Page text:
I run a daycare facility that includes a small gym for games, running around, etc. The problem is the echo–it’s almost unbearable! The room has a vinyl tile floor, drywall walls and a metal roof deck for the ceiling. The room is 1500 sq/ft and has a 20′ ceiling. Is there anything I can do?
Being a father of two young and active boys, I am all too familiar with the fact that kids can be loud. Get a bunch of them together in a room having fun and it can give you a headache pretty quickly. Especially if the room is made of hard surfaces, which is true for most gyms. The good news is that there are things that can be done.
We have quite a few different types of acoustical panels and each has it’s own respective advantages and disadvantages. However, for a situation like this, I can pretty quickly narrow down the options to just one: the Echo Eliminator panels.
These panels are about as cost-effective as it gets, they are in-stock, reasonable to ship, are class-A fire rated, available in nine different colors, easy to install and most importantly, extremely effective. They are, however, not as finished and aesthetically pleasing as some of our other options. But, 99.425% of the time gym or similar use rooms don’t need to be as aesthetically pleasing as an office or waiting area. The kids sure don’t care what the panels look like!
Many of my other blog articles have included a very simple equation that I have used for quite a few different spaces like this with an extremely high success rate:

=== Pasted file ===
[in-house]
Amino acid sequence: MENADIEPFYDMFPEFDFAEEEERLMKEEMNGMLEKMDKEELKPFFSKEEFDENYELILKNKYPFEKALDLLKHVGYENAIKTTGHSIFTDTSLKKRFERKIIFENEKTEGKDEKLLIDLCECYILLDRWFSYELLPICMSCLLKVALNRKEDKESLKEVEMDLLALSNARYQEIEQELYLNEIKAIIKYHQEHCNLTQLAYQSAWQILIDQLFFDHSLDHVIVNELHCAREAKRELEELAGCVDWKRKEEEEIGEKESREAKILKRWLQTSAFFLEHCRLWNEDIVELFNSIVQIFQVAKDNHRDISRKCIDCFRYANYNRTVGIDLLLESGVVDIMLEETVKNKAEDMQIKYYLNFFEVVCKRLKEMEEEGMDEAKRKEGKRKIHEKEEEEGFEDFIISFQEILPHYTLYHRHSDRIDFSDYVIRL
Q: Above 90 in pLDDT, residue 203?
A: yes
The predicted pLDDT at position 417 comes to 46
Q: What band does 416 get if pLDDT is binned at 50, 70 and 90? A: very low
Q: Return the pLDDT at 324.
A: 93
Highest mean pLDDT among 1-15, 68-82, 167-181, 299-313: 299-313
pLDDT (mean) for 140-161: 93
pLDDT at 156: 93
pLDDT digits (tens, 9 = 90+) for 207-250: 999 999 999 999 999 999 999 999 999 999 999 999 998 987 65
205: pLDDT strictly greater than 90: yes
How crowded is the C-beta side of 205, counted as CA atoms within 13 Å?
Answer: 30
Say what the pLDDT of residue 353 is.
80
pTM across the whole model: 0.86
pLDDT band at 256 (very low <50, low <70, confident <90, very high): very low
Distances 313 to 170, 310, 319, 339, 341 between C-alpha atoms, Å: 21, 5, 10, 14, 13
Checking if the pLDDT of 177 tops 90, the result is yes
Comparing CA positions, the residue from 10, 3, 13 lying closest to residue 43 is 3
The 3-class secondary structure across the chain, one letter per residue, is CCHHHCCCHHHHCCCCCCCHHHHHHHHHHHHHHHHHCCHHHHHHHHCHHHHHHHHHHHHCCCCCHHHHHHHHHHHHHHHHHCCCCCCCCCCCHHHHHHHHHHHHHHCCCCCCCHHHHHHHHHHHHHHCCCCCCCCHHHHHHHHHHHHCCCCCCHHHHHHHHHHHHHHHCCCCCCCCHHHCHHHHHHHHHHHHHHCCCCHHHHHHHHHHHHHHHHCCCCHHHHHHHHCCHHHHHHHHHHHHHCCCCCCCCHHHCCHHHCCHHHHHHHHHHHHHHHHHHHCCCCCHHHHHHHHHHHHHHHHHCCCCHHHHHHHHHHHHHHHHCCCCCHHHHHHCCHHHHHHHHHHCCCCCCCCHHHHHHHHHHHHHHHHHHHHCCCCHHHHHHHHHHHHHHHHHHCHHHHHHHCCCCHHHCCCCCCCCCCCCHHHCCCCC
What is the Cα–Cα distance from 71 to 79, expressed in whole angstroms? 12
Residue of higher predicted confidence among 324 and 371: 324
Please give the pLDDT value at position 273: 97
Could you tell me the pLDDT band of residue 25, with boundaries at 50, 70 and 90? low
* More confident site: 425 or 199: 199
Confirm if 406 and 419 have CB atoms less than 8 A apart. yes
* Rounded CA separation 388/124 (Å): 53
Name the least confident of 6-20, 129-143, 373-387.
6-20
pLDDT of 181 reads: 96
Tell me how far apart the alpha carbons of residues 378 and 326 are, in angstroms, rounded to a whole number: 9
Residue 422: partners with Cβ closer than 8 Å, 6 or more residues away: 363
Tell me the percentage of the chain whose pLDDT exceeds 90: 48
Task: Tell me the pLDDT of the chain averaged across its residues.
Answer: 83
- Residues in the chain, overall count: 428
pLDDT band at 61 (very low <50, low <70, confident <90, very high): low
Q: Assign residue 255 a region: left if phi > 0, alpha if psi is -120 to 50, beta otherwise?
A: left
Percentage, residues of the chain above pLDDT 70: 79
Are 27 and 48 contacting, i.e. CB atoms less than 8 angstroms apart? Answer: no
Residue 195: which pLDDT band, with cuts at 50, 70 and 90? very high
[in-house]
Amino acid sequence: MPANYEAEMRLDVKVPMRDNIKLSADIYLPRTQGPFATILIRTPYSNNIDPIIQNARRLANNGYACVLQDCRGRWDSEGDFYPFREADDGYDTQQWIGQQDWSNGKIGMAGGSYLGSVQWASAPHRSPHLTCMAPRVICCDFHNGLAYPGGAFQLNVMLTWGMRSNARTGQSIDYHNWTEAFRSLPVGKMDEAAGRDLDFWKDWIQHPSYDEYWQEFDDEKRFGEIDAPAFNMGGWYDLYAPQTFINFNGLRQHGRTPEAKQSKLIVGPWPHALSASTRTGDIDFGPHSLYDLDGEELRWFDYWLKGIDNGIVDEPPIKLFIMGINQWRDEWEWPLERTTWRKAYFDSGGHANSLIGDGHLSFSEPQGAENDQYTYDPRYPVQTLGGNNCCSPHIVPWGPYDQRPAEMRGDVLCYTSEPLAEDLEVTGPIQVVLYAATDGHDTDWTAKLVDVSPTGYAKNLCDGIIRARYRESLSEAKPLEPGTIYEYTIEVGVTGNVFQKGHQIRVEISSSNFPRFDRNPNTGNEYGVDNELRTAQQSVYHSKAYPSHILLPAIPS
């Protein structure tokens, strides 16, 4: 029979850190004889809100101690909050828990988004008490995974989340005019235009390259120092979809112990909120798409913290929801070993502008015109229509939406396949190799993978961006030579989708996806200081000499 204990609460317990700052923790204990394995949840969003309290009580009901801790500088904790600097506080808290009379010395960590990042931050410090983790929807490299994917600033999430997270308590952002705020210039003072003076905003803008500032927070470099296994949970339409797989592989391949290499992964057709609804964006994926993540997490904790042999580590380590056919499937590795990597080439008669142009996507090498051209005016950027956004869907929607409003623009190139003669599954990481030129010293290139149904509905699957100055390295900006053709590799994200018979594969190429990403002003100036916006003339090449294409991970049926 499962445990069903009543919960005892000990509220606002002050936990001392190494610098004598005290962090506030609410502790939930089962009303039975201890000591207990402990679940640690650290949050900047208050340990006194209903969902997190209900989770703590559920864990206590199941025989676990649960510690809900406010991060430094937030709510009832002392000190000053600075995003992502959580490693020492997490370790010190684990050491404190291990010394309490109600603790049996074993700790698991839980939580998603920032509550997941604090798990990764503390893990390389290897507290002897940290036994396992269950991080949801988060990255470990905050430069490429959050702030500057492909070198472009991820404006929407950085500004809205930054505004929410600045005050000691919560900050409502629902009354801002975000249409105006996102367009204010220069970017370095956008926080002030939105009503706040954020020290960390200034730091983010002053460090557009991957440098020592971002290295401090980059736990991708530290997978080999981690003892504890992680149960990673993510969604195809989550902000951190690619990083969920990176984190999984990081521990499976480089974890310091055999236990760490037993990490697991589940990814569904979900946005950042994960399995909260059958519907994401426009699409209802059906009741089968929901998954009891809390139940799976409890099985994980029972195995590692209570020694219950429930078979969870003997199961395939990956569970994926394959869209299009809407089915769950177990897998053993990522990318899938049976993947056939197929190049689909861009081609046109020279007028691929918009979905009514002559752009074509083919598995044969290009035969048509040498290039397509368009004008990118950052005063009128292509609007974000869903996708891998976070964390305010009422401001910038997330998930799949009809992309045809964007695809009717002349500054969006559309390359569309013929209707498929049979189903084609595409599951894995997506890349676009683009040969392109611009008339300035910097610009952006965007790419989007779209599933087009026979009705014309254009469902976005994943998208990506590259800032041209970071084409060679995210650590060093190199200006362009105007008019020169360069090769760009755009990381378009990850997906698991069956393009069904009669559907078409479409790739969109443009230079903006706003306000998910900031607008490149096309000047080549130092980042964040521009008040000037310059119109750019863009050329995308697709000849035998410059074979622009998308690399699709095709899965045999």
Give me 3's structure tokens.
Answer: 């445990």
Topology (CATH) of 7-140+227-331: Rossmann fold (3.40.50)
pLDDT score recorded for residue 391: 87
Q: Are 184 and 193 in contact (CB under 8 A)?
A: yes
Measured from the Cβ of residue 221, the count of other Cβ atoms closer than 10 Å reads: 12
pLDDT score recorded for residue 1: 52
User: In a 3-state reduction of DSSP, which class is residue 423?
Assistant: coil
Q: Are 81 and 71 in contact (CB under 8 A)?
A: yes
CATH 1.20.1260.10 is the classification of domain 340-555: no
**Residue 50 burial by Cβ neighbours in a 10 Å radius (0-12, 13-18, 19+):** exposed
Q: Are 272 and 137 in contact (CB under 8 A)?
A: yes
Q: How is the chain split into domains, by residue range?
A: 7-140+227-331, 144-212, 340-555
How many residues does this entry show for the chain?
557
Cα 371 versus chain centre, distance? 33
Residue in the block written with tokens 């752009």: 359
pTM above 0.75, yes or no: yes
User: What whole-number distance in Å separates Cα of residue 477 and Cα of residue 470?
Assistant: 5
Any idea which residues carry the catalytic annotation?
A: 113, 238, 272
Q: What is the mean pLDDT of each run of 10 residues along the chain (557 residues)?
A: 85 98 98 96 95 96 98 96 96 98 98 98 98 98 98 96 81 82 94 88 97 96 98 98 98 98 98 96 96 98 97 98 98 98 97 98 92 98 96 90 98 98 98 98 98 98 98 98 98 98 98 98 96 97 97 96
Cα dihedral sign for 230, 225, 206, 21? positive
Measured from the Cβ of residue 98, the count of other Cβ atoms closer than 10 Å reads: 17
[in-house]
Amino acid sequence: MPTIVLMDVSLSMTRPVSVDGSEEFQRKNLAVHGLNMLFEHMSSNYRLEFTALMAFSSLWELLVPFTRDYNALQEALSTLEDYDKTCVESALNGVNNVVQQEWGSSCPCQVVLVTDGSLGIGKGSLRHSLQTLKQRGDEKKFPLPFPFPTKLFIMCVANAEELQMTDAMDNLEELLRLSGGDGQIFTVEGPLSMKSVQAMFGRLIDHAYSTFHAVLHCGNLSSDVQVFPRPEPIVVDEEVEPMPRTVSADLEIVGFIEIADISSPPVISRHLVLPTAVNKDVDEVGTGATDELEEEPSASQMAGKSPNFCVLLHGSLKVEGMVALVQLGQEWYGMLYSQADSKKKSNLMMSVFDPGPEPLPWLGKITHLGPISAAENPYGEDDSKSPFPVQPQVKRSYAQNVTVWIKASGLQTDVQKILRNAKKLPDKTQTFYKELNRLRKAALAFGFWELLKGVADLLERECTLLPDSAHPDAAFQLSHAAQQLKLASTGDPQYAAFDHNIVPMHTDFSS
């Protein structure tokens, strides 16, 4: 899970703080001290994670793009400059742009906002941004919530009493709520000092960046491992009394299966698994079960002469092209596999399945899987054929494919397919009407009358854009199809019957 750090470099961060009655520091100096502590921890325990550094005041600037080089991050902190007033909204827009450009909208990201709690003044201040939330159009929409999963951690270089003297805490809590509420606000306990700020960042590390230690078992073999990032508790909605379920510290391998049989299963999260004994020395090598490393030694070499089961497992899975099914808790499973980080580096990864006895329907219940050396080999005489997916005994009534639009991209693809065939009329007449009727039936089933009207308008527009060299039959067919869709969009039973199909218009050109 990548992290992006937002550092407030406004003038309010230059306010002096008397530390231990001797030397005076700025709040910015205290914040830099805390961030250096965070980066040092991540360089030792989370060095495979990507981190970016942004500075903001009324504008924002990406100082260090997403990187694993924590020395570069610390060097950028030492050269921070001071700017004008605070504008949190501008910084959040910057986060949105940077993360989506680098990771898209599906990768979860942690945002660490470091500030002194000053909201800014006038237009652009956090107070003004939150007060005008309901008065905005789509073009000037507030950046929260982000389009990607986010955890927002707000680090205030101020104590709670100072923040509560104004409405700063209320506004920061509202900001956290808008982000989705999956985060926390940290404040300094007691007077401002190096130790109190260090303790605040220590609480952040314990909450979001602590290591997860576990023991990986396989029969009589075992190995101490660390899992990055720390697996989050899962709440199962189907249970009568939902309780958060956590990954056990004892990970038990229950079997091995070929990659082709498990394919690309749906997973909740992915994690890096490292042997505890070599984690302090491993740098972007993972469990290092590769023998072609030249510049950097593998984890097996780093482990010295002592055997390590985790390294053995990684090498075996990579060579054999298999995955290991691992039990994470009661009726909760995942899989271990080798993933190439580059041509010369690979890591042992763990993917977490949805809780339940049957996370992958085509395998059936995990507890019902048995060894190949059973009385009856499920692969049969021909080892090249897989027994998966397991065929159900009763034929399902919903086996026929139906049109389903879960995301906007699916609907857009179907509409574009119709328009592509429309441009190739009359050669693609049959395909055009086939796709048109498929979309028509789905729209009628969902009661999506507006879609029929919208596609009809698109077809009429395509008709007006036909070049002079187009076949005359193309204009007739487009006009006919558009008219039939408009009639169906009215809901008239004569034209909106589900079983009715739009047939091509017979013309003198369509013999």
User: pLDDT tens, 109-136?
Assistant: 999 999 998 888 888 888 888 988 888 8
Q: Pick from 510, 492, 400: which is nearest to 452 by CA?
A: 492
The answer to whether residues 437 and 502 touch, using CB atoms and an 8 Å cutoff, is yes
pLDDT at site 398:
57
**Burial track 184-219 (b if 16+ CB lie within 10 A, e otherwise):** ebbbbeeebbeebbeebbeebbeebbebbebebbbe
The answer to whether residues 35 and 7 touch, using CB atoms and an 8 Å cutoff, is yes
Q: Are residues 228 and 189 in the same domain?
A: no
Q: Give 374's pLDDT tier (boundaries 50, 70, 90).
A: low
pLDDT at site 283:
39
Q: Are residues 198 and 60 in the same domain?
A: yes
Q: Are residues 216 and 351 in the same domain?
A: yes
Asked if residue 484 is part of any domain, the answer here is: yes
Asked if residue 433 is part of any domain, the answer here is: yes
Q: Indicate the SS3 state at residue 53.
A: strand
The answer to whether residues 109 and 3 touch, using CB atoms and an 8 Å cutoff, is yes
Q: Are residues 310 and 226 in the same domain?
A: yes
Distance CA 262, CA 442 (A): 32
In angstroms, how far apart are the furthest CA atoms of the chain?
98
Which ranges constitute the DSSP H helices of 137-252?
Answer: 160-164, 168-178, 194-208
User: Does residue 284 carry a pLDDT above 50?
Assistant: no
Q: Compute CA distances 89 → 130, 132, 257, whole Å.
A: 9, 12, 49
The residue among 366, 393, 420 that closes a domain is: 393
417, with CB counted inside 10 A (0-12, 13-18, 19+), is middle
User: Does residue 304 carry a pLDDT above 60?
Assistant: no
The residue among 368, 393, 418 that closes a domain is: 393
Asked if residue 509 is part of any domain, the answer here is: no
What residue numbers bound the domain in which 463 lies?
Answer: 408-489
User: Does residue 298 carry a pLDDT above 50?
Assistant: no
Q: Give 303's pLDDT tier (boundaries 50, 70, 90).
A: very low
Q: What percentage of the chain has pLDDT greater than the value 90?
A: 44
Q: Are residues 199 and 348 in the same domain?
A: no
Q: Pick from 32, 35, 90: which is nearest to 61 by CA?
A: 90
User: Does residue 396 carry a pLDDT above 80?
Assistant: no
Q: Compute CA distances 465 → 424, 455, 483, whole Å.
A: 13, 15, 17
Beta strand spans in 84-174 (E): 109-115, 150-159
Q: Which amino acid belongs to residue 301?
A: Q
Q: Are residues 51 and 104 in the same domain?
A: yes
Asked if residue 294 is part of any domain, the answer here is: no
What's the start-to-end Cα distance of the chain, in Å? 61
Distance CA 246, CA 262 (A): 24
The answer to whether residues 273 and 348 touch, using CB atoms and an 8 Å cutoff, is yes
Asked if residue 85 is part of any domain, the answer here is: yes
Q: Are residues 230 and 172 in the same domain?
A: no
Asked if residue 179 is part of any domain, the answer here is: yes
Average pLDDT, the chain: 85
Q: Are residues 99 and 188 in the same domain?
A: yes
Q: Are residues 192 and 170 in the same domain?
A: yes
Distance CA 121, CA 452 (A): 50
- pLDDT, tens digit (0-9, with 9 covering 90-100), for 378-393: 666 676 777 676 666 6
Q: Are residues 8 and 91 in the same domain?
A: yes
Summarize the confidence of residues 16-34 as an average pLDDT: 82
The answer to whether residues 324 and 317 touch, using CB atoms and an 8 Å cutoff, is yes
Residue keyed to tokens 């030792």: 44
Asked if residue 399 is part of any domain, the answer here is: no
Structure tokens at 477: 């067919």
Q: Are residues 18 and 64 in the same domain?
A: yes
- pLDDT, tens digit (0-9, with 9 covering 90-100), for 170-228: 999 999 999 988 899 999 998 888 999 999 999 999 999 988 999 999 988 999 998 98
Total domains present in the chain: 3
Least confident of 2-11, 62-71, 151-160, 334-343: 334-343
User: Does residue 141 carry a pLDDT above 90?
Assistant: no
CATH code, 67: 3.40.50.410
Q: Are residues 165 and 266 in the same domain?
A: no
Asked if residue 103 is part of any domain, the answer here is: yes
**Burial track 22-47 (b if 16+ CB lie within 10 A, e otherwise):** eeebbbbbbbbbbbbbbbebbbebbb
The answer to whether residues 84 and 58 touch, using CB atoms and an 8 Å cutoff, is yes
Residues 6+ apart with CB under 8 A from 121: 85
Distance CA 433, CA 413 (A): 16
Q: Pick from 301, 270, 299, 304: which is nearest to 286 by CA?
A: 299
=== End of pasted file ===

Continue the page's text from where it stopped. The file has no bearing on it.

Cubic Volume x 3% = square footage of panels to use
Also, as I have said before, these panels can be installed essentially anywhere in the space and have, generally, the same overall reduction in the sound pressure in the room. I would suggest putting them high on the walls or mounting them directly onto the ceiling so they see less contact and abuse, but this is only for the longevity of the panels. They are most often applied to the walls or ceiling with two types of adhesives, but I have had people use everything from double-sided tape, to Velcro® or even 3M Command™ Strips. One of the classrooms that I did decided to pound grommets (with a grommet installation kit from the hardware store) and hang the panels from small hooks. The hooks were held up by one small finish nail, making for an easy patch job if the panels needed to be removed.
It’s interesting, but I’ve noticed that when a room has been treated with acoustical panels and is quieter, the children playing in the room don’t tend to get as loud as they do in an un-treated space. When the background noise doesn’t exponentially increase with more voices, people don’t have to raise their voice to be heard by those around them. Further, when everyone in the room is speaking quieter, there is less energy to bounce off of the remaining hard surfaces. Instead of this ever-increasing upward spiral, the reverse is true.
If you have any questions about this type of situation or if you are experiencing a problem like this, please feel free to contact me, I would be happy to help you determine how to approach the situation. If you can include the dimensions of the space a photo or two and your contact information (name, address, etc), it will be extremely helpful and make it easier to help you.